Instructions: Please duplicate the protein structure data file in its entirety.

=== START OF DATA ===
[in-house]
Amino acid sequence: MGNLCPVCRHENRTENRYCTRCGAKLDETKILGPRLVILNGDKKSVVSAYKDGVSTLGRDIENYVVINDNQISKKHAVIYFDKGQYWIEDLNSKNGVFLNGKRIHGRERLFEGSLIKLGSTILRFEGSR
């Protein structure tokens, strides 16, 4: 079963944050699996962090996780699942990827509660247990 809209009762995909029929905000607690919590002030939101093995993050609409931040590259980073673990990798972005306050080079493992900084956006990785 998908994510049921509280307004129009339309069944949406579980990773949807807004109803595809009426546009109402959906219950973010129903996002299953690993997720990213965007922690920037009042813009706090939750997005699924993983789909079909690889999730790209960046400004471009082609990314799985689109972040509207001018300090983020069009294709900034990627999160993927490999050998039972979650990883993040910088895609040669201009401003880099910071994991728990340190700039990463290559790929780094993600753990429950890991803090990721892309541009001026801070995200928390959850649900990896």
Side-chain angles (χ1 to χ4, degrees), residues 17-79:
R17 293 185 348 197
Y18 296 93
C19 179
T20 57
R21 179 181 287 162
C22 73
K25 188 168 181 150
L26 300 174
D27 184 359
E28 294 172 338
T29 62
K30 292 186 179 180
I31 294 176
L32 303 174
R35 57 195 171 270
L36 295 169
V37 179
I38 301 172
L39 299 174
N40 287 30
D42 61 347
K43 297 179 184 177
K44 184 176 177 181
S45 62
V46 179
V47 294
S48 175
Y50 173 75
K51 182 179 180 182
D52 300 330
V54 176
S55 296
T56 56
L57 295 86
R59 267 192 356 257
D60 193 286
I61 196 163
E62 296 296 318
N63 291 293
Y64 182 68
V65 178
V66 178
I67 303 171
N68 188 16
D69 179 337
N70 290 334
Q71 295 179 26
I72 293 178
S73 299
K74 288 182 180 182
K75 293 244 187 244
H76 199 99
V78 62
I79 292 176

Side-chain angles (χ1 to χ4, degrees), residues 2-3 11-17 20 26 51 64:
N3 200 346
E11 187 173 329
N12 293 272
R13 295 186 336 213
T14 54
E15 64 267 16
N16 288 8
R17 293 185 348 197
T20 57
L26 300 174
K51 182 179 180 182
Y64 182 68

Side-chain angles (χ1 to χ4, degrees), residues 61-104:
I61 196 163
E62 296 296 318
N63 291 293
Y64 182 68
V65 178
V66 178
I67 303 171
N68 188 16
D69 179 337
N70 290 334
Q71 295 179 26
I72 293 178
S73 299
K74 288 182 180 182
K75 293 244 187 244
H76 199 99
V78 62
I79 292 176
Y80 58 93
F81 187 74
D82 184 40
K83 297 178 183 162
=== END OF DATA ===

[in-house]
Amino acid sequence: MGNLCPVCRHENRTENRYCTRCGAKLDETKILGPRLVILNGDKKSVVSAYKDGVSTLGRDIENYVVINDNQISKKHAVIYFDKGQYWIEDLNSKNGVFLNGKRIHGRERLFEGSLIKLGSTILRFEGSR
């Protein structure tokens, strides 16, 4: 079963944050699996962090996780699942990827509660247990 809209009762995909029929905000607690919590002030939101093995993050609409931040590259980073673990990798972005306050080079493992900084956006990785 998908994510049921509280307004129009339309069944949406579980990773949807807004109803595809009426546009109402959906219950973010129903996002299953690993997720990213965007922690920037009042813009706090939750997005699924993983789909079909690889999730790209960046400004471009082609990314799985689109972040509207001018300090983020069009294709900034990627999160993927490999050998039972979650990883993040910088895609040669201009401003880099910071994991728990340190700039990463290559790929780094993600753990429950890991803090990721892309541009001026801070995200928390959850649900990896």
Side-chain angles (χ1 to χ4, degrees), residues 17-79:
R17 293 185 348 197
Y18 296 93
C19 179
T20 57
R21 179 181 287 162
C22 73
K25 188 168 181 150
L26 300 174
D27 184 359
E28 294 172 338
T29 62
K30 292 186 179 180
I31 294 176
L32 303 174
R35 57 195 171 270
L36 295 169
V37 179
I38 301 172
L39 299 174
N40 287 30
D42 61 347
K43 297 179 184 177
K44 184 176 177 181
S45 62
V46 179
V47 294
S48 175
Y50 173 75
K51 182 179 180 182
D52 300 330
V54 176
S55 296
T56 56
L57 295 86
R59 267 192 356 257
D60 193 286
I61 196 163
E62 296 296 318
N63 291 293
Y64 182 68
V65 178
V66 178
I67 303 171
N68 188 16
D69 179 337
N70 290 334
Q71 295 179 26
I72 293 178
S73 299
K74 288 182 180 182
K75 293 244 187 244
H76 199 99
V78 62
I79 292 176

Side-chain angles (χ1 to χ4, degrees), residues 2-3 11-17 20 26 51 64:
N3 200 346
E11 187 173 329
N12 293 272
R13 295 186 336 213
T14 54
E15 64 267 16
N16 288 8
R17 293 185 348 197
T20 57
L26 300 174
K51 182 179 180 182
Y64 182 68

Side-chain angles (χ1 to χ4, degrees), residues 61-104:
I61 196 163
E62 296 296 318
N63 291 293
Y64 182 68
V65 178
V66 178
I67 303 171
N68 188 16
D69 179 337
N70 290 334
Q71 295 179 26
I72 293 178
S73 299
K74 288 182 180 182
K75 293 244 187 244
H76 199 99
V78 62
I79 292 176
Y80 58 93
F81 187 74
D82 184 40
K83 297 178 183 162